That said, until now DateField was safe from timezone-related issues. With that change, saving an object with auto_now or auto_now_add during the autumn DST change will raise an exception, because the datetime is ambiguous, even though the date isn't ambiguous.

My inclination would be to document the current behavior, in order to avoid a backwards-incompatible change, and recommend using Field.default instead.

(On a related note, we've been talking about deprecating auto_now and auto_now_add for years... so users could write default=datetime.date.today or something more elaborate).

comment:6 Changed 5 years ago by Tim Graham

See #22995 for the ticket on that deprecation. It got some pushback so the effort stalled.

comment:7 in reply to:  5 Changed 5 years ago by Carl Meyer

Replying to aaugustin:

That said, until now DateField was safe from timezone-related issues. With that change, saving an object with auto_now or auto_now_add during the autumn DST change will raise an exception, because the datetime is ambiguous, even though the date isn't ambiguous.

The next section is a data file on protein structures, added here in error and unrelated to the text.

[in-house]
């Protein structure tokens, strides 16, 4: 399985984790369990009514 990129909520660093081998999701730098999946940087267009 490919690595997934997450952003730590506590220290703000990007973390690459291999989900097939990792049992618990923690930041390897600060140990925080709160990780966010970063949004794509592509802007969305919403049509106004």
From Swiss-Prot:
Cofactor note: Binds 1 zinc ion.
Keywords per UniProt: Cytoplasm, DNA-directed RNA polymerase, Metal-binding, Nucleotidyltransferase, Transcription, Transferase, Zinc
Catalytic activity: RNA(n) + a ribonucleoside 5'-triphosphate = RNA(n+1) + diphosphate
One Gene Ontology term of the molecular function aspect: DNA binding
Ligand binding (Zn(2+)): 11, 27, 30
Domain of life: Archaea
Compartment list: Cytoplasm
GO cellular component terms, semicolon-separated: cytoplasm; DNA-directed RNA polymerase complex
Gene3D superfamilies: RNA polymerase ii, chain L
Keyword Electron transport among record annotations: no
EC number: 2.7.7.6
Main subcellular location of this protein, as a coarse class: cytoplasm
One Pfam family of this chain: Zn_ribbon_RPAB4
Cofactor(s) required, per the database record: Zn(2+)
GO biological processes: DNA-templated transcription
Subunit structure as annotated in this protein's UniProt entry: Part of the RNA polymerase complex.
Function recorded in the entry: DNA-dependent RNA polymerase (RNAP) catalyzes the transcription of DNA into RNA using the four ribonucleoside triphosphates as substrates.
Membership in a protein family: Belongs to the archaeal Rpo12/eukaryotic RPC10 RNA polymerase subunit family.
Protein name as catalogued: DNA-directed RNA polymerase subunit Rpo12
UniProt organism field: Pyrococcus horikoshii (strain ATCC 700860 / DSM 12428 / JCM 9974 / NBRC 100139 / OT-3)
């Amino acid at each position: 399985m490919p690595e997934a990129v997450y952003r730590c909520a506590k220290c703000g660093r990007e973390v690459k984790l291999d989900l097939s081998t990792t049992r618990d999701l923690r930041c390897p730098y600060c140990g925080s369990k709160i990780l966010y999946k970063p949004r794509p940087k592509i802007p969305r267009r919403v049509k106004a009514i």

Of course, because we know that the date is not in fact ambiguous during a transition regardless of whether you force DST or no-DST, I think this would be a case where it would be safe to simply pass is_dst=False to the conversion and avoid the risk of exception.

My inclination would be to document the current behavior, in order to avoid a backwards-incompatible change, and recommend using Field.default instead.

But I am OK with this solution. If you actually care about timezones, I think you are probably better off in control of an explicit default.